My contention is that Cisneros relishes in debunking the myths of female propriety imposed by both the patriarchy and the Hispanic phallocentric culture, and in so doing, rebels against the prototypes of Virgin/Malinche, Madonna/Prostitute perpetuated by the symbolic social contract. She carves out for herself, for Chicanas and for women in general, a new woman’s space, free of taboos and judgments that relegate a woman to a sub-class in the social contract or to her reproductive roles.
Cordelia Chavez Candelaria posits the concept of the “Wild Zone” in Chicana literature a paradoxical space created by the Chicana writer that both explores an unrestricted, unconquered existence, free of imposed gender roles, and challenges the existence of the restricted woman’s space as defined by patriarchy. What’s important about the exploration of this “wild zone” is that it engenders a space where Chicana expression is defined from within Chicana experience itself and not in relation to the dominant hegemonies. In her poetry, Cisneros sets out not only to re-appropriate Chicana female sexuality, but also to re-appropriate and re-define religious beliefs and iconography. Doubly marginalized, female and Chicana, she subverts the symbolic order of the hegemonic patriarchy and re-appropriates it in her own terms in a bold act of self-affirmation and empowerment colored in brown skin tones, code-switching dirty talk, culture-crossing metaphors, and daringly erotic scenarios.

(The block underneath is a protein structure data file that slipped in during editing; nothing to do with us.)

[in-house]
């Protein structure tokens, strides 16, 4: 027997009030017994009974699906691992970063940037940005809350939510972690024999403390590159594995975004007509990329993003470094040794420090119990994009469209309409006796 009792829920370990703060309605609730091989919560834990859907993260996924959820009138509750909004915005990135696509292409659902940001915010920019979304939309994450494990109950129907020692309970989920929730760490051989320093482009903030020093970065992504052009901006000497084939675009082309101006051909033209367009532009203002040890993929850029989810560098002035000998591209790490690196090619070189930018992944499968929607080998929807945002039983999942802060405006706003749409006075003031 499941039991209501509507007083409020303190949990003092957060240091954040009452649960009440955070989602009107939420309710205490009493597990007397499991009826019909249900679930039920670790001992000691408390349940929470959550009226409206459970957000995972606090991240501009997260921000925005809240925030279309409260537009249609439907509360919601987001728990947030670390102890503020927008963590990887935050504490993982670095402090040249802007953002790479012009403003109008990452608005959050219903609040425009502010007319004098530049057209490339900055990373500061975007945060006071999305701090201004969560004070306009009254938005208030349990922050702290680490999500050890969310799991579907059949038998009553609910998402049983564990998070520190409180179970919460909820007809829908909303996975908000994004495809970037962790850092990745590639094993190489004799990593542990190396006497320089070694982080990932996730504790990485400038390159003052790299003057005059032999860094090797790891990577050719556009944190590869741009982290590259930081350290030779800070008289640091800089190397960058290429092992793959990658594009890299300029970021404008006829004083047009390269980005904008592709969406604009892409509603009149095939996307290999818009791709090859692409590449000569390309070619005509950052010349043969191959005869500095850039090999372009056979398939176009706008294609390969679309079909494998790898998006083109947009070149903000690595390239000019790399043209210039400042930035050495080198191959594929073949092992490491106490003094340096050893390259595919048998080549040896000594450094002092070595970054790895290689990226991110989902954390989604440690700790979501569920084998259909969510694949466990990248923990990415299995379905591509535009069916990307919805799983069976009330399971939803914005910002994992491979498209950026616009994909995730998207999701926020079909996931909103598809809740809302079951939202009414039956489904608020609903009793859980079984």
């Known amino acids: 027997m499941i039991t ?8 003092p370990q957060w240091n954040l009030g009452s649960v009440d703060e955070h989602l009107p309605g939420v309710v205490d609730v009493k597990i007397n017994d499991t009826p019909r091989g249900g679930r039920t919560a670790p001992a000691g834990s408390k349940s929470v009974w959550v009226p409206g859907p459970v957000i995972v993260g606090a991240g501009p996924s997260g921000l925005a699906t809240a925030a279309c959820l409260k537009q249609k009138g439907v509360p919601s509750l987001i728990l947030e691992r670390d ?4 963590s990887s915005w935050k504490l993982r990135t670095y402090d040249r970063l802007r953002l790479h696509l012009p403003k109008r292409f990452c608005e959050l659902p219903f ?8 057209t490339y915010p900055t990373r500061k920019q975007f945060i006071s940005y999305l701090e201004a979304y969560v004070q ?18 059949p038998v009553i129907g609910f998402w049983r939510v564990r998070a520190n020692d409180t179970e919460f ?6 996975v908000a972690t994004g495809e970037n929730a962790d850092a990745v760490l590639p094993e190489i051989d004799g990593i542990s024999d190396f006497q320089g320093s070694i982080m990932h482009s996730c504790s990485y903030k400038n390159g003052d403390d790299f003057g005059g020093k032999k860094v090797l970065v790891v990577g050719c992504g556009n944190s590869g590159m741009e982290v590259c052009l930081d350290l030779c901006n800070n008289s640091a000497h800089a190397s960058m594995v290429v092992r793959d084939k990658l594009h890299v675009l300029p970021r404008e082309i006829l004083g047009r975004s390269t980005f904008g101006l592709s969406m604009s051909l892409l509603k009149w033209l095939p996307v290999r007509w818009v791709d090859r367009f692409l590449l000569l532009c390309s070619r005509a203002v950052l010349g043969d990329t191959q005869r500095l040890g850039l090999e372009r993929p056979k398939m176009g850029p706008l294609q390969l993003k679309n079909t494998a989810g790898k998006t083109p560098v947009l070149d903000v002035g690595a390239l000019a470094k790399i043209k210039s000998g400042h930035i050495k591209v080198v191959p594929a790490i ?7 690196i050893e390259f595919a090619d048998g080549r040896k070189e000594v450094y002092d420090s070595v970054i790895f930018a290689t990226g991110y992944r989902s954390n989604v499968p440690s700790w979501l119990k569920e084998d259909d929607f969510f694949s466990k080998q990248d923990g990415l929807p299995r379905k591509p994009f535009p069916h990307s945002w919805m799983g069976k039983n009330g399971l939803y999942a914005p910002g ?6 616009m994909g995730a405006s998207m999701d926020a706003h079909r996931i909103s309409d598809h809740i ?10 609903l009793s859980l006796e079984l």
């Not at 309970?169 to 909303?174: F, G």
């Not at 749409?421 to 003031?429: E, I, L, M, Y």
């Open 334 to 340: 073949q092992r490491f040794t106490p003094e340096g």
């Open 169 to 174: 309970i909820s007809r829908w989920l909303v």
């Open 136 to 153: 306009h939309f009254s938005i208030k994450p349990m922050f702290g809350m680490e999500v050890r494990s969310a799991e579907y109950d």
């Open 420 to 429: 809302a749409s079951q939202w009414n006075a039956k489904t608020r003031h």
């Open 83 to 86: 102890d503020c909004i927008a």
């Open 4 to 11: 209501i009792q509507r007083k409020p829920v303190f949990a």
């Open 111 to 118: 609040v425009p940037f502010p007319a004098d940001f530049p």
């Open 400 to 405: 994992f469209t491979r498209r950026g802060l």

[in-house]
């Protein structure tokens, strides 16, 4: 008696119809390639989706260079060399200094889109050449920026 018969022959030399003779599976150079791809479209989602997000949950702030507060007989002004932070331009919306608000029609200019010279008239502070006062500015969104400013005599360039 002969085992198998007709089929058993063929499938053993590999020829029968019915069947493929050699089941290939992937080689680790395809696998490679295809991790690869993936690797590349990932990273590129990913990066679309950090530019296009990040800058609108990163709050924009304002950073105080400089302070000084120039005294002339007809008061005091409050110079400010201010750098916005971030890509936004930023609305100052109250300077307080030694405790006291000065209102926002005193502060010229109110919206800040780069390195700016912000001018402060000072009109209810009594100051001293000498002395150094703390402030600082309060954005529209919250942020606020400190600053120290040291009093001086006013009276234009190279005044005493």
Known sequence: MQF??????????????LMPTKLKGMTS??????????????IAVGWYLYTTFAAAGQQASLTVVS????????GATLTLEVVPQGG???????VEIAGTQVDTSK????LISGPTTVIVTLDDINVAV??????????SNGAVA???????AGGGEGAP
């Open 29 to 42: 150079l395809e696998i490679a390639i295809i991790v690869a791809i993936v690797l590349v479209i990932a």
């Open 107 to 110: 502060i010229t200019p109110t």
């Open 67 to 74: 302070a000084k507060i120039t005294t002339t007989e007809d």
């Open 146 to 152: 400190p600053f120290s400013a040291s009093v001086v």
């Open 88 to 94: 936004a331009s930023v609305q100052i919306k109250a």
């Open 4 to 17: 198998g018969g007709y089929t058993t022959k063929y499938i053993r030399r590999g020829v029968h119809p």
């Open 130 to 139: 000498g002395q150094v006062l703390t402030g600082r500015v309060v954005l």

To begin with, there are the titles. Cisneros intends to be as up-front, in your face as possible from the start. By titling her first book of poems My Wicked, Wicked Ways and her second Loose Woman, she is making a clear statement that she intends to subvert the existing social sanctions on female sexuality by making an asset out of a sanction. She flaunts her sexual self in the face of a social structure that denies women their sexuality and in so doing empowers herself. In this context, “wicked” and “loose” mean sexual and empowered, free and self-determined, and her poems portray both. The same is true of the book covers. In “Wicked” the sexy, red lipsticked, wine drinking Sandra on the cover was not just a ploy to sell books, as the “feminists” argued, it was an image that was cogent with the theme of the book: an assertive woman, who is free from patriarchal strictures, is free to assume her sexuality. In Loose Woman, we see a collage of Mexican iconography that prominently features a photograph of Sandra with slicked hair, dangling earrings, dark lipstick and dress cut low in the back.